The days of single-channel customer interactions are over — and if they aren’t, then your organization is already lagging behind. From social media to email, customers need you to be where they are. Problems don’t always occur neatly within the 9-5 hours of a call center and when customers need answers to their burning questions they want those answers found, now. And they won’t wait. Research shows that 4 in 10 will only give companies a day to resolve their issues before moving to another channel — and 1 in 5 will only give companies a few minutes.
The customer mindset has shifted as cell phone adoption reaches critical mass. These days, it’s imperative for brands to respond in a variety of channels as part of their digital transformation efforts. This includes being available to customers at the point of need and optimizing channels to play to their strengths, rather than expecting channels to be interchangeable from one another.
Channels in Concert, Not Solo Performances
With channel optimization, it’s important to recognize the place each channel has in the customer experience. Each channel has a purpose and a set of use cases that work better for users than other channels at any given time. Text messaging might be good for short confirmations, or answering yes/no questions. Chatbots might work best at delivering answers to frequently asked questions. Voice and agent calls work best when customers have complex issues that need strategic thinking and deep knowledge to answer.
But customers don’t use these channels by themselves and neither should you. A customer might start at a knowledge base or FAQ, but if that doesn’t answer their question they’ll want to escalate. It’s your job to ensure that customer data moves with them, and as customers move from text to voice or back again, that each step is informed by the one before it. The last thing any customer wants to do is repeat themselves to a voice agent asking the equivalent of “Have you tried turning it off and on again?” Of course they have; that isn’t why they called.
Voice and Text in Harmony
While customers will often reach out over a variety of channels, the phone is still king, and agent-assisted phone calls should be a critical part of your customer service. However, the amount of information you know (or can collect) about your customers means your agents shouldn’t have to enter a conversation blind. Getting voice and text working together will be the MVP of your CX strategy.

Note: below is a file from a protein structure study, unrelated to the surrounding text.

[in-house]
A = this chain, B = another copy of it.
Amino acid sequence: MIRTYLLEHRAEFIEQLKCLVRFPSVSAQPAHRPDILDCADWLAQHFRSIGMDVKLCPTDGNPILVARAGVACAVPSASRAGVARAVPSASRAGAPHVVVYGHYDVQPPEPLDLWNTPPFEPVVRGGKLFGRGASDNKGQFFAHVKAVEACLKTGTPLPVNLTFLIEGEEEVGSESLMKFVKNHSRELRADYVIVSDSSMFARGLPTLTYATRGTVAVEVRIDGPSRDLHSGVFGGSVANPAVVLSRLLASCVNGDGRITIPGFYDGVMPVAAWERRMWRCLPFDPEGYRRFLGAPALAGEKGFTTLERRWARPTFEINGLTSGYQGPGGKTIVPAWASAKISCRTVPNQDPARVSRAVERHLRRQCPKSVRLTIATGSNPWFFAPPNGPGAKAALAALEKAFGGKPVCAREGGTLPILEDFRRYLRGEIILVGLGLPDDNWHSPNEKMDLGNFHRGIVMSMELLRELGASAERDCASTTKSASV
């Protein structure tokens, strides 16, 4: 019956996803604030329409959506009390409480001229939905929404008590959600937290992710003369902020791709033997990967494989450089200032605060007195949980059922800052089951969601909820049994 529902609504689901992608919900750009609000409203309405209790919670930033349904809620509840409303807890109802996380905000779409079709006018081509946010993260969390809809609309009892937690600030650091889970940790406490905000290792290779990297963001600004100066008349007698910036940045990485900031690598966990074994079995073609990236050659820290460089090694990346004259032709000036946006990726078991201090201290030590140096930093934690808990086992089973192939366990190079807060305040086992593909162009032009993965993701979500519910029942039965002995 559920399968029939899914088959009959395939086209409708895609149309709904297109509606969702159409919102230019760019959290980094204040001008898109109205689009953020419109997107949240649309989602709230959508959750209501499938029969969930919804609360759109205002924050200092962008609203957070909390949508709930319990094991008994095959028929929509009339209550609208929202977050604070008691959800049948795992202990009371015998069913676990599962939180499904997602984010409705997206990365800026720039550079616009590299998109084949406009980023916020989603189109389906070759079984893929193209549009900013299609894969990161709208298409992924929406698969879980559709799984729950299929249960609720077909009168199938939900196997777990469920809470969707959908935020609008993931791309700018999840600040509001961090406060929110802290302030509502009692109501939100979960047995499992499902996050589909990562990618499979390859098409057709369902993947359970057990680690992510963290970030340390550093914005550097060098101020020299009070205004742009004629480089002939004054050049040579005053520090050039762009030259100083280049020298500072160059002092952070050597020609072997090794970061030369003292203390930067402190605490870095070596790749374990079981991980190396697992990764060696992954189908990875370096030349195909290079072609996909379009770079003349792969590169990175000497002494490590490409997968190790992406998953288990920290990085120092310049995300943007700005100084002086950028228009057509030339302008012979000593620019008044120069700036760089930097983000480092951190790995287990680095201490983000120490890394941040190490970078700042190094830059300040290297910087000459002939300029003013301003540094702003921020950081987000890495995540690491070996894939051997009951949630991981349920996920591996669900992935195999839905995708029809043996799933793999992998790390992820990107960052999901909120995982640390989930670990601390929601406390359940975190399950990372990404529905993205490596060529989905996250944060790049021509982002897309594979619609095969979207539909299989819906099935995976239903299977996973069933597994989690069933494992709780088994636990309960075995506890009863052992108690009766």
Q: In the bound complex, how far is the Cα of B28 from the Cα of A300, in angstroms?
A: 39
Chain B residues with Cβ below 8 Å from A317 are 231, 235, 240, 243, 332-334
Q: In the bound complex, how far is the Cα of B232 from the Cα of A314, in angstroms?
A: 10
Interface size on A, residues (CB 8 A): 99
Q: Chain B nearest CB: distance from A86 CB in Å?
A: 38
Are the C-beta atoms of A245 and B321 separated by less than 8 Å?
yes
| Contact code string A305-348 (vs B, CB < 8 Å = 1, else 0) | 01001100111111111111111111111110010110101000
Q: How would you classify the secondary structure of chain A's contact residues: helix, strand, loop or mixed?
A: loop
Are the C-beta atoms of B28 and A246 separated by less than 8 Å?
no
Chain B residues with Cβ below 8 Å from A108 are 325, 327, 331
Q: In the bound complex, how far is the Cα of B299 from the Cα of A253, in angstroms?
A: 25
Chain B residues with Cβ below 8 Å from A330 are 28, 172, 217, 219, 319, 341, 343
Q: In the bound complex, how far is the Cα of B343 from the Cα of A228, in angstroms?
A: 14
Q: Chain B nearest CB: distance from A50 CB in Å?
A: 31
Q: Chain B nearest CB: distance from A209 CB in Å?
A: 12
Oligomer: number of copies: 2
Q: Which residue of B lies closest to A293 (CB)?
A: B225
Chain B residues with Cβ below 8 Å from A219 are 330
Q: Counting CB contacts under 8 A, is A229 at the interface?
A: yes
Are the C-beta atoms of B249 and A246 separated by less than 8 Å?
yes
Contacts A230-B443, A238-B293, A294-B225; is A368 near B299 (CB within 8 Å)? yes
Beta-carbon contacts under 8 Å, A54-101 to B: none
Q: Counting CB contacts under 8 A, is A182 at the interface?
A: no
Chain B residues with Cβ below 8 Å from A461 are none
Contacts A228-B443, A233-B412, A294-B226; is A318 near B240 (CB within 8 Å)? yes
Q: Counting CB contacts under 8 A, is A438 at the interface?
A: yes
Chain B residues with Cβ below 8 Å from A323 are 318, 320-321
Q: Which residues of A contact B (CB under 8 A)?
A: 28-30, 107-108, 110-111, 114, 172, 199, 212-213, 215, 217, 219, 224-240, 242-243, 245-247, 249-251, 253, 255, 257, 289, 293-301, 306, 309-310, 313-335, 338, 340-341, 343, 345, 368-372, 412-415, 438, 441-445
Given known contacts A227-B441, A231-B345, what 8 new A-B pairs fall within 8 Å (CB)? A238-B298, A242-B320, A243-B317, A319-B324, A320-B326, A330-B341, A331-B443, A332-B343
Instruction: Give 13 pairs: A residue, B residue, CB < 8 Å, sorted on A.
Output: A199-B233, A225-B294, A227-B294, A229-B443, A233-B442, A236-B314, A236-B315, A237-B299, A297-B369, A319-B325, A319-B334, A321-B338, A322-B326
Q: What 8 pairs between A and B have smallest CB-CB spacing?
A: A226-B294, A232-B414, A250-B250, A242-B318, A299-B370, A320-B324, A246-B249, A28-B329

Consider the possibilities. Pushing low-level yes/no questions to a series of text messages frees agents’ time and gives them more information to diagnose customers’ problems. Simple questions are the low-hanging fruit of customer service and you want your agents dealing with more complex issues. Having voice and text work together supports agents with the right information at the right time. This in turn improves the employee experience for agents, who aren’t spending all their time asking the same series of questions. And with employee experience correlated to customer experience, happy agents translate to more satisfied customers.
Optichannel: Optimizing Channels to Solutions
As your business strives to make channels work together, you must also take care to ensure that channels are optimized to their strengths. To return to our concert metaphor, you want the trombones playing the brass sheet music, not what’s written for the piccolos.
While all channels have their place in today’s customer service environment, your CX strategy should understand the use cases for each channel as well as their strengths and weaknesses in solving customers’ problems. Text messaging is good for asking and answering short, simple questions, but longer conversations are better suited for voice, rather than forcing customers to type out short story-length answers. Chatbots and virtual assistants are good for quick interactions, but anything beyond their scripts should be pushed to a human. When creating your CX strategy, ensure your omnichannel strategy is optimized, with channels dedicated to their strengths.
Times have changed and many of us are walking around with phones in our pockets or purses that contain more than 100,000 times the processing power of the computer that took astronauts to the Moon. But as computers have improved over the past fifty years, customer service must as well. Businesses with a voice-only strategy are missing out on all the possible ways an optimized, omnichannel experience can reduce fiction, shorten handling times and increase customer satisfaction.
These days, there should be less of a focus on individual channels and more focus on how voice and text solutions can work together for a more cohesive customer experience. This allows brands to provide the right channel at the right time based on data, transaction history, and the task at hand for an exceptional customer experience. Taking an optichannel approach ensures that your channels play to their strengths as well as customer expectations.
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Tim is the senior manager of research and content for Simpler Media Group. In his role he writes content, market guides and data-driven research reports for all of SMG’s internal and external clients.